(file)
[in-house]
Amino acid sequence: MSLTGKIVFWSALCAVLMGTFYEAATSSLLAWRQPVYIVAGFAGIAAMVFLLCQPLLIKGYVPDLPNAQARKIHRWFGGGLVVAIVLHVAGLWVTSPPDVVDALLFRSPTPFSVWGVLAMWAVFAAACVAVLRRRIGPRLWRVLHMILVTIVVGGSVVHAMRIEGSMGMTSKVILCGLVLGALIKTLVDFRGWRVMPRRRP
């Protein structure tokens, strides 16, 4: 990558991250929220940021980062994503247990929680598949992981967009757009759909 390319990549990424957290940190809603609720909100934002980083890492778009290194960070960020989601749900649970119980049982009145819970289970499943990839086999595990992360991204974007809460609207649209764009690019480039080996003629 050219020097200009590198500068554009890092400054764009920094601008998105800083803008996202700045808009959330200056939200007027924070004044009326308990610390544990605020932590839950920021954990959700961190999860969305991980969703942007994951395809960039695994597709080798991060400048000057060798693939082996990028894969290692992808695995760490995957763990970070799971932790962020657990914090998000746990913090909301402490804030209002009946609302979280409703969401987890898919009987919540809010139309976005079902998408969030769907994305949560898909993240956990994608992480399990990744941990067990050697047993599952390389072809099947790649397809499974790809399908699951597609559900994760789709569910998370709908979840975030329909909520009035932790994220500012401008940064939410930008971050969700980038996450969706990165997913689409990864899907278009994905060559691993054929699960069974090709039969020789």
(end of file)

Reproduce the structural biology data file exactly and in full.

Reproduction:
[in-house]
Amino acid sequence: MSLTGKIVFWSALCAVLMGTFYEAATSSLLAWRQPVYIVAGFAGIAAMVFLLCQPLLIKGYVPDLPNAQARKIHRWFGGGLVVAIVLHVAGLWVTSPPDVVDALLFRSPTPFSVWGVLAMWAVFAAACVAVLRRRIGPRLWRVLHMILVTIVVGGSVVHAMRIEGSMGMTSKVILCGLVLGALIKTLVDFRGWRVMPRRRP
């Protein structure tokens, strides 16, 4: 990558991250929220940021980062994503247990929680598949992981967009757009759909 390319990549990424957290940190809603609720909100934002980083890492778009290194960070960020989601749900649970119980049982009145819970289970499943990839086999595990992360991204974007809460609207649209764009690019480039080996003629 050219020097200009590198500068554009890092400054764009920094601008998105800083803008996202700045808009959330200056939200007027924070004044009326308990610390544990605020932590839950920021954990959700961190999860969305991980969703942007994951395809960039695994597709080798991060400048000057060798693939082996990028894969290692992808695995760490995957763990970070799971932790962020657990914090998000746990913090909301402490804030209002009946609302979280409703969401987890898919009987919540809010139309976005079902998408969030769907994305949560898909993240956990994608992480399990990744941990067990050697047993599952390389072809099947790649397809499974790809399908699951597609559900994760789709569910998370709908979840975030329909909520009035932790994220500012401008940064939410930008971050969700980038996450969706990165997913689409990864899907278009994905060559691993054929699960069974090709039969020789």